Constitutional Council and Independent Commissions

This section is almost like the de facto repealed 17th Amendment. One of the main issue with the 17th Amendment was that it was made easily vulnerable to the actions or inactions of the president. That aspect is proposed to be removed. 1972 Constitution abolished the independence of services by making elected Parliament supreme. It is an incorrect decision. However it represented one important point. One of the key demands of the Lanka Samasamaja Party was to abolish kachcheri system and bureaucratic rule that were the remnants of the colonial rule. However what happened was control by bureaucracy was replaced by a control by politicians. So when we designed independent committees, it is imperative to give proper representations to trade unions, peoples’ organization to allow their voices to be heard. I could not see an attempt to strike a proper balance in appointing independent commissions.

Conclusion  

I would like to get back to my first point of neglecting the national question. As I mentioned, President is to act hereafter on many issues on the advice of the Prime Minister. Why is not the same applied with regard to the Provincial Council? The Provincial Governor, the chief executive officer of the PC is appointed by the President. If the principle laid out in the draft applies to the PC, one may ask why not the PC governor is appointed at least on the advice of the Chief Minister? Also the PC can be given the power to remove the Provincial Governor by passing a no-confidence motion with a 2/3 majority thus avoiding unproductive conflict between the elected PC and the Governor.

In opinion, the draft reveals how constitutional engineering should not be performed. The draft is an attempt to justify the present conjuncture and to make it the constitutional design of the future. The present constitution is bad and has to be replaced. However, the proposed 19th Amendment would make it worse.

*The writer is the co-coordinator of the Marx School – e-mail: sumane_l@yahoo.com

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Latest comments

  • 2
    1

    I think the most fundamental flaw in the present constitution is the Provincial, District and Pradeshiya level overlap.

    If someone has problem with govt, whom does he/she approach? Does he go to the Pradeshiya, District or Provincial level for a solution? The incredible inefficiency it must mean that there are many engineers to remove a solitary light bulb!

    The system needs to be made more leaner and efficient. This will bring accountability too as no one can pass the buck any longer.

    The Pradeshya Sabha powers are probably best handled at PC level. PS can be abolished altogether. The same persons can represent both PC and at Parlimentary level.

  • 2
    0

    Wishful thinking?
    The proposed constitutional changes bestow the power of appointing the PM on to the President. However, it is not very clear what criteria is going to be used in the selection of the PM, it states “The President shall appoint as Prime Minister the Member of Parliament, who, in his opinion, is most likely to command the confidence of Parliament.” The President uses his power till he appoints the PM and there after becomes subordinate to the powerful PM.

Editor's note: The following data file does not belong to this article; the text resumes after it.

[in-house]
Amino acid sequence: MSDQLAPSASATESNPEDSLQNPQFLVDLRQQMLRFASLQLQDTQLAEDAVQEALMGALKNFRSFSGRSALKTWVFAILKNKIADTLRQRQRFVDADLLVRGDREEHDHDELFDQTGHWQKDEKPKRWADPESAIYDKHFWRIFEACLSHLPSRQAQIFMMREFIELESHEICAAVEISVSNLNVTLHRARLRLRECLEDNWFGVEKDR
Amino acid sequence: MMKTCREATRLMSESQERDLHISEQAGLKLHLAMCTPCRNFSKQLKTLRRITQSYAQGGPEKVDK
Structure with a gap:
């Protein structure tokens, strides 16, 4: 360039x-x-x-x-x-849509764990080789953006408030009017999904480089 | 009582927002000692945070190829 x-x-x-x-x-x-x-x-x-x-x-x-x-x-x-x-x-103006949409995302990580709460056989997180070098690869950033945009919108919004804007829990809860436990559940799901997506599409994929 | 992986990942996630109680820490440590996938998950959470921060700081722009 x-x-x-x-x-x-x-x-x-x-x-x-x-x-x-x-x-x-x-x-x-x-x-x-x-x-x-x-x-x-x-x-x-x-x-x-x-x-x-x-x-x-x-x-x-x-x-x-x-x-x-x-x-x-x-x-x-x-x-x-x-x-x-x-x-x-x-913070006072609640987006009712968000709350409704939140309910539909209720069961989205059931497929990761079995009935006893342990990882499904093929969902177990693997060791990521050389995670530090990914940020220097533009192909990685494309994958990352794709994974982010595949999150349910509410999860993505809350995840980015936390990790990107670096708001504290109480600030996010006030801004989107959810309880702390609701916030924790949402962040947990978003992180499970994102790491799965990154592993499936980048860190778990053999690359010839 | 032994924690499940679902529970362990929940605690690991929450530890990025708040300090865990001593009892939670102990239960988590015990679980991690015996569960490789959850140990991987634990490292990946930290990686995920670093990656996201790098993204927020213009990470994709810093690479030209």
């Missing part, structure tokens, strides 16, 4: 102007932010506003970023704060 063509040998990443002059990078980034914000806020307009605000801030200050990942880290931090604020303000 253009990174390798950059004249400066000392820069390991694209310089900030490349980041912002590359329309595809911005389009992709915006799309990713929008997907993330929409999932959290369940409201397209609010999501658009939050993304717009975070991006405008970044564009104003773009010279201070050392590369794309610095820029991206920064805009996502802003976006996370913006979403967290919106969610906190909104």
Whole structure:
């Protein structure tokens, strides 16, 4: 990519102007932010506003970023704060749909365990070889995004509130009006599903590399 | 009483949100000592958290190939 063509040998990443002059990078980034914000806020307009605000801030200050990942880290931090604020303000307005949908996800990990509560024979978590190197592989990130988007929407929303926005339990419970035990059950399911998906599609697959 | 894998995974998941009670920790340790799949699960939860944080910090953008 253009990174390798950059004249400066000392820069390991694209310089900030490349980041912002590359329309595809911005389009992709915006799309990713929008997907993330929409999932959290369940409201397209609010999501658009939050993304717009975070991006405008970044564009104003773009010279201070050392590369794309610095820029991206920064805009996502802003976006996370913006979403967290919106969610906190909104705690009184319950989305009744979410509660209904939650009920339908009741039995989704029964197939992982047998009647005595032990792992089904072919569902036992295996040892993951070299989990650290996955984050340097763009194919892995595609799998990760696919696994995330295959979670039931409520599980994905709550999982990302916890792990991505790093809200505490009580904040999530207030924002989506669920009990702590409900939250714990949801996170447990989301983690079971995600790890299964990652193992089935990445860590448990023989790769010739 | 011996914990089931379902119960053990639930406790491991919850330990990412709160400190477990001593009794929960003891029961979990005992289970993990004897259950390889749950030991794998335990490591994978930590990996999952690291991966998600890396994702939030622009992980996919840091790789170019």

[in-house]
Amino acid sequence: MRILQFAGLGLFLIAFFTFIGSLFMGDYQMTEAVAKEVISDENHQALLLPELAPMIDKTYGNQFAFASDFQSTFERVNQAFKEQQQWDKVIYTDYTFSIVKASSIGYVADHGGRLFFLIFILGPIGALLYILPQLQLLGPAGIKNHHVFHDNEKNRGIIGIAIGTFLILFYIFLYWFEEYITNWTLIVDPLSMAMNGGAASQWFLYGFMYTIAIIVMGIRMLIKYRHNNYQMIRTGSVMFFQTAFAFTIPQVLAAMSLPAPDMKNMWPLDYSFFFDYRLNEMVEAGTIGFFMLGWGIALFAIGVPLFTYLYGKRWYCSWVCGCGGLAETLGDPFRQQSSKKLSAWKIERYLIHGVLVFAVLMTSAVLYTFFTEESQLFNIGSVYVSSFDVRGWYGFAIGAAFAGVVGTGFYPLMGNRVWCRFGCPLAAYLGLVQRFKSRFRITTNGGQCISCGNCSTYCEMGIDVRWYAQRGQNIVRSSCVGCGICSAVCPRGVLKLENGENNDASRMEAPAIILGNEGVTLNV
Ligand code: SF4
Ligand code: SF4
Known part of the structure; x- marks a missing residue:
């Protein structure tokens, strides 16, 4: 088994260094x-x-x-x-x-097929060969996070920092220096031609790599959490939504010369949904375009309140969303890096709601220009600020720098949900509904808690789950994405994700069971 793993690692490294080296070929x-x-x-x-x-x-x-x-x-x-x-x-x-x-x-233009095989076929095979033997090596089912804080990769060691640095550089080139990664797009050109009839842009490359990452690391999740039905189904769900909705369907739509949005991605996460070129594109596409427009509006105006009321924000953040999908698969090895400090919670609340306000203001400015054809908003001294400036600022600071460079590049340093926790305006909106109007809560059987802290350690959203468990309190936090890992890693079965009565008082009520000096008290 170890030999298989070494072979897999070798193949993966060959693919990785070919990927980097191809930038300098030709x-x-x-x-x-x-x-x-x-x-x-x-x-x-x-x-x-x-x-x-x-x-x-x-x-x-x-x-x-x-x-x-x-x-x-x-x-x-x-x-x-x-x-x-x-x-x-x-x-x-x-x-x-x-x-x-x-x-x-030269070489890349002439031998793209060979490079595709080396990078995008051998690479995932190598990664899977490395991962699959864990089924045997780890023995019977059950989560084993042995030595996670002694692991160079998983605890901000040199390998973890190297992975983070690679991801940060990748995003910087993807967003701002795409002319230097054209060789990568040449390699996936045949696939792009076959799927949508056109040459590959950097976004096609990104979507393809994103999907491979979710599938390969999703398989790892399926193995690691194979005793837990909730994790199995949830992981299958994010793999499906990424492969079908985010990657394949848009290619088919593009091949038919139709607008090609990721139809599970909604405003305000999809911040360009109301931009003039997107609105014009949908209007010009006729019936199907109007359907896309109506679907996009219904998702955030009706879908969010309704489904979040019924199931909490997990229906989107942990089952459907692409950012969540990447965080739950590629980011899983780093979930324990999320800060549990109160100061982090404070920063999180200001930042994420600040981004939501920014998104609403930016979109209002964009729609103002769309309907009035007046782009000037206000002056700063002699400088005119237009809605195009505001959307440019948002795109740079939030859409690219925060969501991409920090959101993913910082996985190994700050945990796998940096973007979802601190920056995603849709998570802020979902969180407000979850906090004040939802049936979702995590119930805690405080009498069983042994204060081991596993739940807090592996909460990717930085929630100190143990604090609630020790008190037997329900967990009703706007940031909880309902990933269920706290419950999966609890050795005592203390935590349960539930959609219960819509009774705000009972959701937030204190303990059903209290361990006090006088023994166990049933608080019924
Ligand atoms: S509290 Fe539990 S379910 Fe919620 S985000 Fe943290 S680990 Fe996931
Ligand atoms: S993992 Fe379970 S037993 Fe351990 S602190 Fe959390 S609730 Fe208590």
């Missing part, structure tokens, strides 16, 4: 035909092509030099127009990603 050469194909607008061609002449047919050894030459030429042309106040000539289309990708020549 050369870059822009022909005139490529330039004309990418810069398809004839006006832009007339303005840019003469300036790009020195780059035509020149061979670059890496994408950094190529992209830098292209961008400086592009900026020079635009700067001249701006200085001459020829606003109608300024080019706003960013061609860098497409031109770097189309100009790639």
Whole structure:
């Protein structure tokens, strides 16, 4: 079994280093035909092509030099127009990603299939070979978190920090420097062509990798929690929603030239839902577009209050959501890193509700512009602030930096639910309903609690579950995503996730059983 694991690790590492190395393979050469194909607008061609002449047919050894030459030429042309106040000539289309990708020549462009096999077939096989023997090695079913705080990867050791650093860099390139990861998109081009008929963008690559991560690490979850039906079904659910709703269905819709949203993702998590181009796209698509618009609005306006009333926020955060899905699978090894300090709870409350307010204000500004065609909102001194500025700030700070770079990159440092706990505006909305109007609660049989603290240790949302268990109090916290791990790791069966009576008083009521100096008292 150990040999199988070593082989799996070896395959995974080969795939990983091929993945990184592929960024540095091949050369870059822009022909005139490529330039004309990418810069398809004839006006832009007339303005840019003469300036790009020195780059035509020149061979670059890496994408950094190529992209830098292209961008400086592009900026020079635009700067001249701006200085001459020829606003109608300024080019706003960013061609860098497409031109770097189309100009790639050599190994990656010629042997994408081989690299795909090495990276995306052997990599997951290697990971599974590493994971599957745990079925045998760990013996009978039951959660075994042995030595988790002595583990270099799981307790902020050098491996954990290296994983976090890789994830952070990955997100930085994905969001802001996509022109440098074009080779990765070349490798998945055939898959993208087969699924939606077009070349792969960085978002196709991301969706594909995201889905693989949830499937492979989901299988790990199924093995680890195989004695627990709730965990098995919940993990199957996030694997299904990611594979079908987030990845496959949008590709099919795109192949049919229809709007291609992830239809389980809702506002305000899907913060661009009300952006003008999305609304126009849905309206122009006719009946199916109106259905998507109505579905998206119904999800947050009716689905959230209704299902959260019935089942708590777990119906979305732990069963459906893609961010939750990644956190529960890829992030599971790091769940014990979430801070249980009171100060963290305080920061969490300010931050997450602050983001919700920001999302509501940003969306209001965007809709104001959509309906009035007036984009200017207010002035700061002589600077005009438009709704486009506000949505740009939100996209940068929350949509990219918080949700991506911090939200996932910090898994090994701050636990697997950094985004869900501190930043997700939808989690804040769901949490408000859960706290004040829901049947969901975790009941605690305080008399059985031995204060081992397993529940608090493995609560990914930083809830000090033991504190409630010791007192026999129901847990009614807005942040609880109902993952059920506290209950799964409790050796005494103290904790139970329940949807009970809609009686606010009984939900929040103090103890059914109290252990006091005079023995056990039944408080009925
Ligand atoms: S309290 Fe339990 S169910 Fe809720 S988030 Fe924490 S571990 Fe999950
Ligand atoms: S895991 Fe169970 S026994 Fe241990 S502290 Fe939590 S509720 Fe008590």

In the above clause it appears the appointment of the PM is a prerogative of the President. The assumption that follows inevitably is that President Sirisena, in his great indebtedness to RW will reappoint him as the PM whatever the election outcomes may be. With all due respect to the incumbent PM, it begs the question whether this is the correct/democratic procedure, in case when the UNP fail to obtain parliamentary majority. This possibility of RW being reappointed as PM even without simple majority is not an over simplification or exaggeration in the light of the approach adopted in the appointment of PM and the cabinet of the present new government.
    The present government was brought into power by a fragile coalition with a main underlying objective to get rid of Mahinda and his clan from the power base. There were many contentious issues which were not thrashed out fully at the time of Presidential election as the “common enemy” was a worthwhile target to make compromises and work to gather for a common cause. As the “common enemy” is politically a spent force now the cracks within the coalition is starting to show up.

    The JVP has always maintained a firm stand on identifying with the coalition to change the power players and dissociating its self from other issues in the agenda. This is probably a stand taken to consolidate its voter base and develop into a formidable alternate political party in the future. The JHU on the other hand was in agreement on various issues but was not in favor of revoking the executive powers of the president fully. TNA and the MC had to support the new coalition due to pressure and preferences of the voters under their wings.
    The Colombo Port City issue, lack of progresses in corruption investigations, lack of progress in implementing election promises and excess pruning of presidential powers are brewing in to major confrontational issues amongst the coalition members at present. The TNA namely Sambandan and Sumanthiran by attending the Independence Day celebration after almost 50 years of abstinence by the Tamil parties, even without tangible solutions/remedies for the Tamil population, has created ripples across Tamil polity. In Addition, the provocative (unnecessary/unwarranted) resolution by the NPC are likely to distance TNA from any possible coalition in the forthcoming GE. Given this scenario in the forthcoming GE all parties are like to go alone.